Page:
The plurality of actuator cores 16 are spaced circumferentially about the axis 14. Each of the cores 16 has a pair of circumferentially spaced end surfaces 28, each of which nominally lies in a radial plane containing the axis 14, such as shown by dashed line 29. In the illustrated embodiment, each of the actuator cores 16 includes three of the poles 22 spaced circumferentially about the axis 14. However, the number, configuration, and arrangement of poles 22 on each of the cores 16 is not critical to the invention, and accordingly, the invention contemplates actuator cores 16 having any number, configuration, or arrangement of poles 22. For example, a core 16 could be provided with only two of the poles 22 that are axially spaced, rather than circumferentially. Similarly, while in a highly preferred embodiment each of the actuator cores 16 is formed from an axial stack of laminations made of magnetic material, the actuator cores 16 may be of any suitable construction, many of which are well known.
As best seen in FIG. 2, each of the spacers 18A is a multi-piece assembly that includes a pair of spacer pieces 30 and a shim or a stack of shims 32. As best seen in FIG. 1, each of the spacers 18B is a unitary piece. The spacers 18A and 18B are inserted between the cores 16, with the shims 32 having widths W selected to provide a circumferential preload between the cores 16 and the spacers 18A, 18B within a predetermined range. Preferably, for the embodiment shown in FIG. 2, the shim 32 includes a pair of side surfaces 34 that are spaced by the width W and are nominally parallel to each other and to a radial plane that contains the axis 14 and bisects the shim 32, as illustrated by the dashed line 36. Each of the spacers 18B has a pair of circumferentially spaced surfaces 37. Each of the spacer pieces 30 has a pair of circumferentially spaced surfaces 38 and 40. Each of the surfaces 37, 38 is nominally parallel to and matingly abuts one of the end surfaces 28 of the cores 16 and each of the surfaces 40 is nominally parallel to and matingly abuts one of the side surfaces 34 of the shims 32.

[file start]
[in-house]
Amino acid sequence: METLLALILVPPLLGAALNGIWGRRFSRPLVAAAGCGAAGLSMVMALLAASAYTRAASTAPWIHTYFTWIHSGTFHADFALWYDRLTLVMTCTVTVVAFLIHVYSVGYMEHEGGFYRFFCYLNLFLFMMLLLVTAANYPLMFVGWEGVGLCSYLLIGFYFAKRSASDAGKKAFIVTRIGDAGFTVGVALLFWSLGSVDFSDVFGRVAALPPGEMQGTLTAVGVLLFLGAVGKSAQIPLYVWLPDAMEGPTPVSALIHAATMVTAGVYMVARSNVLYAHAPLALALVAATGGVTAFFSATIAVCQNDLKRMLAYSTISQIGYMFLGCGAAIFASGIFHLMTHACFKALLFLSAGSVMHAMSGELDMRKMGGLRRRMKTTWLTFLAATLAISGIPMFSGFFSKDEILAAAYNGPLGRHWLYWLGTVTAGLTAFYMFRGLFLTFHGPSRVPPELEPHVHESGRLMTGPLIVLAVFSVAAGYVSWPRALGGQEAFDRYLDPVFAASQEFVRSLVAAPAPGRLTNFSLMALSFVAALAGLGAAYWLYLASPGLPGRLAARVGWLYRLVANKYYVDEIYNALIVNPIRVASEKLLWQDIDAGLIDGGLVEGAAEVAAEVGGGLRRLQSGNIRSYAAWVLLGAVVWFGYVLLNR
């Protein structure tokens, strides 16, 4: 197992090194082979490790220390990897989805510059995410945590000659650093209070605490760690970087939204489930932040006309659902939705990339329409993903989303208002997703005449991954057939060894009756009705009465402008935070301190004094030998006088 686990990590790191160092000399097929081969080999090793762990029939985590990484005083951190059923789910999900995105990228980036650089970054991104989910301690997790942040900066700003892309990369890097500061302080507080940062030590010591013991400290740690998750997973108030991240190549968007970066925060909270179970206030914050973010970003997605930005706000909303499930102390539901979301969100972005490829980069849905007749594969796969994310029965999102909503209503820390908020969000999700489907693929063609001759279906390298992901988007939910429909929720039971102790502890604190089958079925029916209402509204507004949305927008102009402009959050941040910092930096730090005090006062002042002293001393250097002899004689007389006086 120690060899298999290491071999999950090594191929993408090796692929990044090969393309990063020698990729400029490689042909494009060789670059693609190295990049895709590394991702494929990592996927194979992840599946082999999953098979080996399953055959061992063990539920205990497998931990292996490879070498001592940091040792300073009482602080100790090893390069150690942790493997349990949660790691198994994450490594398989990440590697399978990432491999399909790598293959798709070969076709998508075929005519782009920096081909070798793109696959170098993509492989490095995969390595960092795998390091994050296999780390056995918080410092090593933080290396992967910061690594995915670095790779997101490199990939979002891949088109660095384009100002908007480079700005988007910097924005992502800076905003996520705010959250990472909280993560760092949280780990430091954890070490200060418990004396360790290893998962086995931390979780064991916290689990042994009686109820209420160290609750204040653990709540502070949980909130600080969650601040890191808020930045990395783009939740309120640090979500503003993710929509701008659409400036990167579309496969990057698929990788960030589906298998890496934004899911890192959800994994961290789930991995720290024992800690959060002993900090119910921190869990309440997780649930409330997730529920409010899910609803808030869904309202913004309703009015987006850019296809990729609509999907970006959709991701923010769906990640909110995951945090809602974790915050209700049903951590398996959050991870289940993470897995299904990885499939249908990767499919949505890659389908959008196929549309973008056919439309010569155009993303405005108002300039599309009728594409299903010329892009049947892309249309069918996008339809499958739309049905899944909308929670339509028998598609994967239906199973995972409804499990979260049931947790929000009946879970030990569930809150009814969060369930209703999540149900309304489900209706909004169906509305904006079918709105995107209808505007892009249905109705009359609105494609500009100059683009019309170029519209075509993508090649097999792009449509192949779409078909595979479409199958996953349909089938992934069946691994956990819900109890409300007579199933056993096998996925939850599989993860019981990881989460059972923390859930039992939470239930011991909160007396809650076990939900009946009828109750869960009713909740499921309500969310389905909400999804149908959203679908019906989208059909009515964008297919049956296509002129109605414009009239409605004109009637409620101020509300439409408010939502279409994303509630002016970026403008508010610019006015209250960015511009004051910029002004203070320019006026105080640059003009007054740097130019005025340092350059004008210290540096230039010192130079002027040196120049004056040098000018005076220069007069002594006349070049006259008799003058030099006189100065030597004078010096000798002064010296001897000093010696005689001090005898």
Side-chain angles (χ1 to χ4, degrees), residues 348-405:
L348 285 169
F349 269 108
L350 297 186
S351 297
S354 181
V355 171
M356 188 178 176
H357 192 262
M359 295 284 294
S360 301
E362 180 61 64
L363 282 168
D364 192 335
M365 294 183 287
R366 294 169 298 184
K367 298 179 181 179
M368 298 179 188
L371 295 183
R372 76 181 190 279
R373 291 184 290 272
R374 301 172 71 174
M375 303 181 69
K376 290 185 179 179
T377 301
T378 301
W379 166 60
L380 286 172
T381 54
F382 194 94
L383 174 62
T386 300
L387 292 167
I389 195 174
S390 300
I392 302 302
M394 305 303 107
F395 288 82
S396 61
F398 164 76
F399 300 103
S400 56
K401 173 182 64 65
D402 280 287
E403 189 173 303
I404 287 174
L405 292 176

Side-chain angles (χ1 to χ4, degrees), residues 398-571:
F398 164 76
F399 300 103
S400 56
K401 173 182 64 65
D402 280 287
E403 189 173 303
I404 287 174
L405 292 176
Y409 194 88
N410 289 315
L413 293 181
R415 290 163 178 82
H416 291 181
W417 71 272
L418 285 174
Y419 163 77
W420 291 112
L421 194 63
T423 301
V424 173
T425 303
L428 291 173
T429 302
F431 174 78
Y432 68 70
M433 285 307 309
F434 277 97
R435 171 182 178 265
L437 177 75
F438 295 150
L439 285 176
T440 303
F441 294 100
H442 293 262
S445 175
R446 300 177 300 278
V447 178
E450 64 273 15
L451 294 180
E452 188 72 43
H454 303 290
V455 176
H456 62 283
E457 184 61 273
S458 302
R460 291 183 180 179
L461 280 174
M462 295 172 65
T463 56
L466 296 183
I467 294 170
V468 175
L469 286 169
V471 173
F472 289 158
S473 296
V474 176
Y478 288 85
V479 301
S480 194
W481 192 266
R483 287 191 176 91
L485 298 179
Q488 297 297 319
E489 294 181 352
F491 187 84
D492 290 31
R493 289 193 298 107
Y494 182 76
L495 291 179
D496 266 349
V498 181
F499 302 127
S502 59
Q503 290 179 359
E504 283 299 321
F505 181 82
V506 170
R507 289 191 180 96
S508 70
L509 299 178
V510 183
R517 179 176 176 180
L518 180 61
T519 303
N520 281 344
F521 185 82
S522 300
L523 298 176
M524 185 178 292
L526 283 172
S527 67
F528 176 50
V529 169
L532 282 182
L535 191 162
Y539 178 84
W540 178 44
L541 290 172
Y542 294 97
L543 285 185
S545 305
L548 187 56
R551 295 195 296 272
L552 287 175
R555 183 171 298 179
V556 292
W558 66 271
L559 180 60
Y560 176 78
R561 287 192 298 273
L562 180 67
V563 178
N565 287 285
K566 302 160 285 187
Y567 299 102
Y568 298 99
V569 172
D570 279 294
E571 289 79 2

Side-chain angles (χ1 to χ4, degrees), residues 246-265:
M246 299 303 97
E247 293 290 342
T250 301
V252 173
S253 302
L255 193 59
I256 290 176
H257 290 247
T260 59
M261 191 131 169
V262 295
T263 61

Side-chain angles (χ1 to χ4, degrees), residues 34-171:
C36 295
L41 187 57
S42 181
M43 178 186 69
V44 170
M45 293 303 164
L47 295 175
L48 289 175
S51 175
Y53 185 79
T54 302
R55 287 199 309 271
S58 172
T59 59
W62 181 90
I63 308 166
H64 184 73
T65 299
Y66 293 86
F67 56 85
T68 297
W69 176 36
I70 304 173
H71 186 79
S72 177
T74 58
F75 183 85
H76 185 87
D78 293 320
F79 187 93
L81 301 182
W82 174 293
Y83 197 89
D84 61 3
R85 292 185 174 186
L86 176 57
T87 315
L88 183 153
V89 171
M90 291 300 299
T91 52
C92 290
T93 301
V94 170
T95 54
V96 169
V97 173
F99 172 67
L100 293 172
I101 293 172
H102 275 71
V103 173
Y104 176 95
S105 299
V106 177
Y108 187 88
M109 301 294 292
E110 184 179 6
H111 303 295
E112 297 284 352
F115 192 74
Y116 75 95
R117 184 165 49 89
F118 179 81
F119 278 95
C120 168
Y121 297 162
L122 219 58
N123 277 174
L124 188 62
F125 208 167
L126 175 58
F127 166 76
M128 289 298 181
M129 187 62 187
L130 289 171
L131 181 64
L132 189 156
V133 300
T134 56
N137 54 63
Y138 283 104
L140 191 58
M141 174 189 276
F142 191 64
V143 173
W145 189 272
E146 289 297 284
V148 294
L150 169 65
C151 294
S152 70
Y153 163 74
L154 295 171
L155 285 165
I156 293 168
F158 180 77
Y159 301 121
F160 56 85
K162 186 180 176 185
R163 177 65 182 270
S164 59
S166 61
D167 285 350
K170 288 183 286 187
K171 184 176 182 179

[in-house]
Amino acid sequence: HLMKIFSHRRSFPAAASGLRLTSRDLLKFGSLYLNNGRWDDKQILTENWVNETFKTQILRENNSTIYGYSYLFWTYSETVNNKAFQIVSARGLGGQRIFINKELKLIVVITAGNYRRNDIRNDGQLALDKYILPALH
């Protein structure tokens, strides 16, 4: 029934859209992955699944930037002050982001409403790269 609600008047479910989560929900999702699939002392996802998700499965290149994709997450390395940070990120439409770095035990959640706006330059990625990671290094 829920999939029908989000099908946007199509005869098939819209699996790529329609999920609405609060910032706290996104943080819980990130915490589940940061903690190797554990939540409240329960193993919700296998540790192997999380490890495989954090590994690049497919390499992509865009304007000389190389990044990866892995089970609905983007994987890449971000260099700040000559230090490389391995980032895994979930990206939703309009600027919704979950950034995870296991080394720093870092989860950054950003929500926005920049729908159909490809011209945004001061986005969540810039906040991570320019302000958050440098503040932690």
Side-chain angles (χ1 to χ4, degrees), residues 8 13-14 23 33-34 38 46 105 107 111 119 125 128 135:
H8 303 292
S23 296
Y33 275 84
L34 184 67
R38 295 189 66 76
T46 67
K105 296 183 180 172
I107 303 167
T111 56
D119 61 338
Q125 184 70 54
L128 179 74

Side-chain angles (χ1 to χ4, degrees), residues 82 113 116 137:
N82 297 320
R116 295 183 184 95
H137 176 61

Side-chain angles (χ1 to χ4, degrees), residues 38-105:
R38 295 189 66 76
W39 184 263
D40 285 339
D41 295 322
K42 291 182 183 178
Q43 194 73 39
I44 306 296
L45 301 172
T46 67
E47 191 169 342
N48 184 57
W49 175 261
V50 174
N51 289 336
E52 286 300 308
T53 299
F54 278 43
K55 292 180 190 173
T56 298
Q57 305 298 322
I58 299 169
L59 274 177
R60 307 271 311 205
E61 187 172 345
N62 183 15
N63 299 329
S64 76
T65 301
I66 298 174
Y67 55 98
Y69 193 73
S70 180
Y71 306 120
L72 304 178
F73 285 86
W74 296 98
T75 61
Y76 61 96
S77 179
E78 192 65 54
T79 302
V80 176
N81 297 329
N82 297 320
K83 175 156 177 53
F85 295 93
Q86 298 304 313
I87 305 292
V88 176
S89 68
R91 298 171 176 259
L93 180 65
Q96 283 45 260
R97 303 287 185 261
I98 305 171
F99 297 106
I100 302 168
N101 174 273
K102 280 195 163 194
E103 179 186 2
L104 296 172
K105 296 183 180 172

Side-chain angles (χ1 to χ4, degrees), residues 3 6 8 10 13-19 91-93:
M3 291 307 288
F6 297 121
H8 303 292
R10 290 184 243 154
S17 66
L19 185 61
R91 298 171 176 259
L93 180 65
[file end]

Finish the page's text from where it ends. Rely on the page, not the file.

It should be understood that the shims 32 can be provided in a range of widths W from which the appropriate width W can be selected to provide the circumferential preload within the predetermined range. The range of widths W that should be provided for the shims 32 is dependent upon the manufacturing tolerances for the surfaces 28 on the cores 16, the surfaces 38, 40 on the spacer pieces 30, and the surfaces 37 of the spacers 18B. Further, it should be understood that the parallelism of the surfaces 40 to the surfaces 34 will be dependent upon the selected width W of the shim 32. The greater the range of available widths W for the shims 32, the greater the possibility that the surfaces 40 will not be absolutely parallel to the surfaces 34. By providing two of the spacers 18A, the range of widths W is reduced approximately in half because two shims 32 are available to correct for the manufacturing tolerances of the cores 16, the spacers 18B, and the spacer pieces 30. However, it should be understood that depending upon the particular application and on the manufacturing tolerances, a suitable magnetic bearing 10 may be provided with a single spacer 18A. On the other hand, other applications may require more than two of the spacers 18A. Accordingly, the invention contemplates magnetic bearings 10 having one or more of the spacers 18A, as dictated by the particular application for the bearing 10 and the manufacturing tolerances selected for the components of the magnetic bearing 10.